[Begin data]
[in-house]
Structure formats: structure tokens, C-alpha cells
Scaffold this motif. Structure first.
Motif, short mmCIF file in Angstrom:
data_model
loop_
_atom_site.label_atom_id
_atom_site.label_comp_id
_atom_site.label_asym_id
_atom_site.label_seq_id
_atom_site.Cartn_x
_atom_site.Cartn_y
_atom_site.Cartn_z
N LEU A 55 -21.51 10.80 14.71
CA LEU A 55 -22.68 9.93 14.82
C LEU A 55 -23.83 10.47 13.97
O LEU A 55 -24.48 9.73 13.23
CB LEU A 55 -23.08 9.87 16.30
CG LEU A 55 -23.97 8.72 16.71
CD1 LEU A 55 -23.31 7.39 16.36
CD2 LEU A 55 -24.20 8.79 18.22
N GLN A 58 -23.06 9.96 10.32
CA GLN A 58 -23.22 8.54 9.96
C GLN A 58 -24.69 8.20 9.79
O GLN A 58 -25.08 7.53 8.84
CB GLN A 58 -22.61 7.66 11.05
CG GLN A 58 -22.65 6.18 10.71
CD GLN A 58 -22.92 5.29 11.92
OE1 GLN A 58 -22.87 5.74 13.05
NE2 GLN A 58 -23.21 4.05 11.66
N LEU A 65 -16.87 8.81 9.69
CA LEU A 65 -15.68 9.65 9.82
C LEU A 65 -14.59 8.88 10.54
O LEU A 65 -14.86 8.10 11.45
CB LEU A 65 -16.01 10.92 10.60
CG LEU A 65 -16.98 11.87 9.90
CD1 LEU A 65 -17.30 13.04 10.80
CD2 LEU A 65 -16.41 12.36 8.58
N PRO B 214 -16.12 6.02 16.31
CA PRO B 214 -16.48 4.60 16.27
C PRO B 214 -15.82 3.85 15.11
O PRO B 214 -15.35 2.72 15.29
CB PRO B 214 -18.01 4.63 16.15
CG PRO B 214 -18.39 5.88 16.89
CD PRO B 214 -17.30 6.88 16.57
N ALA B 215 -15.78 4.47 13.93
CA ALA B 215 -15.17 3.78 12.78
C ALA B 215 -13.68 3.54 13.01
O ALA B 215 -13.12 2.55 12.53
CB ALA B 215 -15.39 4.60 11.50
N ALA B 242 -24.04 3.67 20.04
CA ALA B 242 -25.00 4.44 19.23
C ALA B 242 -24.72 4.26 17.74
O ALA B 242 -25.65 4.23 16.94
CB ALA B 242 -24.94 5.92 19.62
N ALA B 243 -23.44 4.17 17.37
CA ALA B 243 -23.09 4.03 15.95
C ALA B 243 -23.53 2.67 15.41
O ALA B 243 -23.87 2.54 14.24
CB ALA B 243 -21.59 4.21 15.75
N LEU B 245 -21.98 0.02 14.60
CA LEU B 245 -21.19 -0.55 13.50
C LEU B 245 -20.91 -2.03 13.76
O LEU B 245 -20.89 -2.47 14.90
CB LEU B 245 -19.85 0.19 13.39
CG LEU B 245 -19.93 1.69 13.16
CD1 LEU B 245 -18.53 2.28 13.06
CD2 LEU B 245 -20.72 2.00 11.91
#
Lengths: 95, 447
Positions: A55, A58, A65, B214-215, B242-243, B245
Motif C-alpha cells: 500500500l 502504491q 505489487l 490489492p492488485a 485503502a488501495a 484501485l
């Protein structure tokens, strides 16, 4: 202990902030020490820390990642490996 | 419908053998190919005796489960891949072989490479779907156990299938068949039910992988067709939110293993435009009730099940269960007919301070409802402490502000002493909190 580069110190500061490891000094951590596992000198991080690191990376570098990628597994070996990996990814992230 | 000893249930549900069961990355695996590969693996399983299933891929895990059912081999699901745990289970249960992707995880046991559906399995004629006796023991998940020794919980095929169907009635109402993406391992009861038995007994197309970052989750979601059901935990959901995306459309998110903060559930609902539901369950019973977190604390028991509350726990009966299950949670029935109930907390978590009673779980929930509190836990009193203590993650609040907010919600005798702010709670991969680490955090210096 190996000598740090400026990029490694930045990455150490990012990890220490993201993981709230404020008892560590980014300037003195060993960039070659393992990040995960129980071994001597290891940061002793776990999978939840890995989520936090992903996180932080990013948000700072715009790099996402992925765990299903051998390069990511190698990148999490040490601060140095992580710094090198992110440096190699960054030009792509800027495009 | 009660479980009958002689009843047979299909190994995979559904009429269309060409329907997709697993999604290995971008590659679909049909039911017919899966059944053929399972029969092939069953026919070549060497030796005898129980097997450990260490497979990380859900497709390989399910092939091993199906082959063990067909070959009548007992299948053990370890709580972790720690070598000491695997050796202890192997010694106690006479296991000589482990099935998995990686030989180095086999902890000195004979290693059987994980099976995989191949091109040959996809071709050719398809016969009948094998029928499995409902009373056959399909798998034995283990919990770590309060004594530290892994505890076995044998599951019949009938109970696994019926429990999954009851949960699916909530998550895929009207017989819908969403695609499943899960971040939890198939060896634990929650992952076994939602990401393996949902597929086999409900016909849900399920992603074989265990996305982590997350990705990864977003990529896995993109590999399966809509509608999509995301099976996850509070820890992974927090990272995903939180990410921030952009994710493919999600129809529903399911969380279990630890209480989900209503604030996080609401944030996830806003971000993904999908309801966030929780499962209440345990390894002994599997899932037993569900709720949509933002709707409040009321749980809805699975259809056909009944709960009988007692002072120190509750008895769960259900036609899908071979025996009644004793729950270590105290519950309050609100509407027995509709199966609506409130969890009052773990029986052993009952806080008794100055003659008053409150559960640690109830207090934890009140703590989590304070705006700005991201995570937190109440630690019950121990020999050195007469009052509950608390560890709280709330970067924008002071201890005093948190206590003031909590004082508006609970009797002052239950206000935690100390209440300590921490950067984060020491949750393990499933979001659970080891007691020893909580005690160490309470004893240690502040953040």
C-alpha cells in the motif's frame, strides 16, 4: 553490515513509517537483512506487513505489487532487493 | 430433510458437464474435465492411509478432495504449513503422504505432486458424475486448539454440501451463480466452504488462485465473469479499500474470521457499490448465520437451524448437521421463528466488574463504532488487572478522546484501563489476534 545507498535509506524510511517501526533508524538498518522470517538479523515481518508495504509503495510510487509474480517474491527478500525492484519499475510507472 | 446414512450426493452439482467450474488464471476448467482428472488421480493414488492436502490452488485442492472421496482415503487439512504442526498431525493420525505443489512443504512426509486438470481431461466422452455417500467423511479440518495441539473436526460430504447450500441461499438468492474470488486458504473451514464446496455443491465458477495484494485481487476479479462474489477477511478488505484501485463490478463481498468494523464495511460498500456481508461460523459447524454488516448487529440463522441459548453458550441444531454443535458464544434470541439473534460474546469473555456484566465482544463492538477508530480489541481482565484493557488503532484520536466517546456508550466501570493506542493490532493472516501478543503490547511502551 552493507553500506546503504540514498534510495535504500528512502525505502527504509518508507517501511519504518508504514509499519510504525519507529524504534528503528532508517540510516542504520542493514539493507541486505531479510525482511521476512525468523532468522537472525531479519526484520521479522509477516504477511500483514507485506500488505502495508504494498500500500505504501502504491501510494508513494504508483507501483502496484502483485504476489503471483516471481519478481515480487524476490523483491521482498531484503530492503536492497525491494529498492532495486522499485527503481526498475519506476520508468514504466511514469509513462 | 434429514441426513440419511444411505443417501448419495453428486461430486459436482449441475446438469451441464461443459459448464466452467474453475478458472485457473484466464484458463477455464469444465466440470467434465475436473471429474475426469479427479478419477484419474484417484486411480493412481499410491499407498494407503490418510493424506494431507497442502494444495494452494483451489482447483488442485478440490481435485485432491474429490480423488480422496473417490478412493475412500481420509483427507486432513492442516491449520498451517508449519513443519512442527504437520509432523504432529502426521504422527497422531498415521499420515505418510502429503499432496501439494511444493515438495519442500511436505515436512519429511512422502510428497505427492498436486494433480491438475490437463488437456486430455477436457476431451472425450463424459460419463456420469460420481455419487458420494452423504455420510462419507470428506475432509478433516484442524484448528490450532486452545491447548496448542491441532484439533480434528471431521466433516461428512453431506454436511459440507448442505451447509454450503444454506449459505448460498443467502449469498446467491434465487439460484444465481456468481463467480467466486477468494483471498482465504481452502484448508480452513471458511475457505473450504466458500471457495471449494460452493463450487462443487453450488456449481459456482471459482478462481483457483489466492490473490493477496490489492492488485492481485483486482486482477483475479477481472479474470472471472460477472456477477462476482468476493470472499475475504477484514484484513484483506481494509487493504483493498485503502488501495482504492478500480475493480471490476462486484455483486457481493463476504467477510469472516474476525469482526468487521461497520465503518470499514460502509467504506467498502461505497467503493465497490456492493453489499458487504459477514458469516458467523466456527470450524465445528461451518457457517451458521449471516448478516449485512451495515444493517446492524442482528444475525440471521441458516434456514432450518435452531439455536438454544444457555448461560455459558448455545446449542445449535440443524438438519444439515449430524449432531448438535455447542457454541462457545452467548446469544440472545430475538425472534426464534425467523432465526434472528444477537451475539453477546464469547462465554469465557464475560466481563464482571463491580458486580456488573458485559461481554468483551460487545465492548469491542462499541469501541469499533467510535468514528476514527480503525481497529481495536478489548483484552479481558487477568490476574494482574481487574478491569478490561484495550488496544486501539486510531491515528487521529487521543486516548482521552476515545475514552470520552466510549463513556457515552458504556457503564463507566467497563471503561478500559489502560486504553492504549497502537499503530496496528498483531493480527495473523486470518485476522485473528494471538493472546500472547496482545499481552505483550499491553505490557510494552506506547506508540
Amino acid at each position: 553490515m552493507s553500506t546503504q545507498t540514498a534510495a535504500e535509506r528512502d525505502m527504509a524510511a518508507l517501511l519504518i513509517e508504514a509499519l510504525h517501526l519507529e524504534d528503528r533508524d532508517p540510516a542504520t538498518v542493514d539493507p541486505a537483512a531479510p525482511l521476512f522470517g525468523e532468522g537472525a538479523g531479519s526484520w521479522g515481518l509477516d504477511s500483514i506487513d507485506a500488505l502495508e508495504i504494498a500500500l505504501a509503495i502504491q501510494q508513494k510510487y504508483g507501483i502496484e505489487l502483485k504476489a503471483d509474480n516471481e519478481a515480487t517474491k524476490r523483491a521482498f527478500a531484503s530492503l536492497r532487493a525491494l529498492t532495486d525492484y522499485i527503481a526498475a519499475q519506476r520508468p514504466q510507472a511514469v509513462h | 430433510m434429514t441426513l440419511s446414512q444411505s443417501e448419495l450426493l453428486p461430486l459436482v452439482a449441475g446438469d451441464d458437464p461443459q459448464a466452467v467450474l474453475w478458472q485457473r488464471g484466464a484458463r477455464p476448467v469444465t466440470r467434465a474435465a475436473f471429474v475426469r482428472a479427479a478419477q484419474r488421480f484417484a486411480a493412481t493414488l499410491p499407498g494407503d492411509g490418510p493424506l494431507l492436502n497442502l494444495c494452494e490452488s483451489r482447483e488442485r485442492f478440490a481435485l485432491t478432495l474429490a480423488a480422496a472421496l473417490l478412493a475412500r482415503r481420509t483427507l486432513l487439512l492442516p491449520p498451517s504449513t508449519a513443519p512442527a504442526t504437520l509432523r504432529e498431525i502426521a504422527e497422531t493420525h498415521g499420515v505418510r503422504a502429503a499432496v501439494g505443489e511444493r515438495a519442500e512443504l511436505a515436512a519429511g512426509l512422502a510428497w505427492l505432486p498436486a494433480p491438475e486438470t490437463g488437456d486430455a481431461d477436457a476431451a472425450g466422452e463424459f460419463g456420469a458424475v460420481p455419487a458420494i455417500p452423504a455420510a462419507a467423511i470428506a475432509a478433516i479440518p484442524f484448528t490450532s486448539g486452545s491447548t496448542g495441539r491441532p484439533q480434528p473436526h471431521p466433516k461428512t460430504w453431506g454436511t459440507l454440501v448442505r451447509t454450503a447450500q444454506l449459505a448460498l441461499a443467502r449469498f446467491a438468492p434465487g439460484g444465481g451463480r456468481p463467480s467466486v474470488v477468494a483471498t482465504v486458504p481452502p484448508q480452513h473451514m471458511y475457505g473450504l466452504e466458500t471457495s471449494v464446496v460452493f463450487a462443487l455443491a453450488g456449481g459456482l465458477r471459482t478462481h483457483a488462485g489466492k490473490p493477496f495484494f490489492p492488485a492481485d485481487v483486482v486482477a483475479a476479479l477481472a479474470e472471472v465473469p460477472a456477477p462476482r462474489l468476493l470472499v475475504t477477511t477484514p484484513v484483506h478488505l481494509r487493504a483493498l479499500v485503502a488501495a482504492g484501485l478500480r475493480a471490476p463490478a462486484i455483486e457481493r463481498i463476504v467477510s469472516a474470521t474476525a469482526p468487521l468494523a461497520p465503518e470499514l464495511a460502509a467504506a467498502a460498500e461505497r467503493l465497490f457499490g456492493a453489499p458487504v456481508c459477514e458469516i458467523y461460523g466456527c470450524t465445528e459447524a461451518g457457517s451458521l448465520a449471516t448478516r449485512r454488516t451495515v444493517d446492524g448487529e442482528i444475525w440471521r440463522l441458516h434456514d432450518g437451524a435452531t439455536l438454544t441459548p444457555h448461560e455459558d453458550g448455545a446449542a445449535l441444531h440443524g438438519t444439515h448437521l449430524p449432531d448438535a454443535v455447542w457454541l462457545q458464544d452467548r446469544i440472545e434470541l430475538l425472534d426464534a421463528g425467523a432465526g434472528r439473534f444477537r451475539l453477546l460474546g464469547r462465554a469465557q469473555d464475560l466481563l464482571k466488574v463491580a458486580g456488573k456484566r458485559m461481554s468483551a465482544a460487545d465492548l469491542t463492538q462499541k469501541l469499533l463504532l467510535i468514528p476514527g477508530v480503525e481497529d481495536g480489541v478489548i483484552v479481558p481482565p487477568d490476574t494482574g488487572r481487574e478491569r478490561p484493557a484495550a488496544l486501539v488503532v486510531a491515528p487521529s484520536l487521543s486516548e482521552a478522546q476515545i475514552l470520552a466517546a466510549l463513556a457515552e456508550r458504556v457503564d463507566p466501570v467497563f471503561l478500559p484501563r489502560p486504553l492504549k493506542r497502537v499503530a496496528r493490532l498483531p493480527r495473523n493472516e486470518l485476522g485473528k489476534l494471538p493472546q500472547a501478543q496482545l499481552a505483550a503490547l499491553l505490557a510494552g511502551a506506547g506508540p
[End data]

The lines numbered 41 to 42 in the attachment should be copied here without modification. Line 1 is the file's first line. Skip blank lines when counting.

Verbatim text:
C PRO B 214 -15.82 3.85 15.11
O PRO B 214 -15.35 2.72 15.29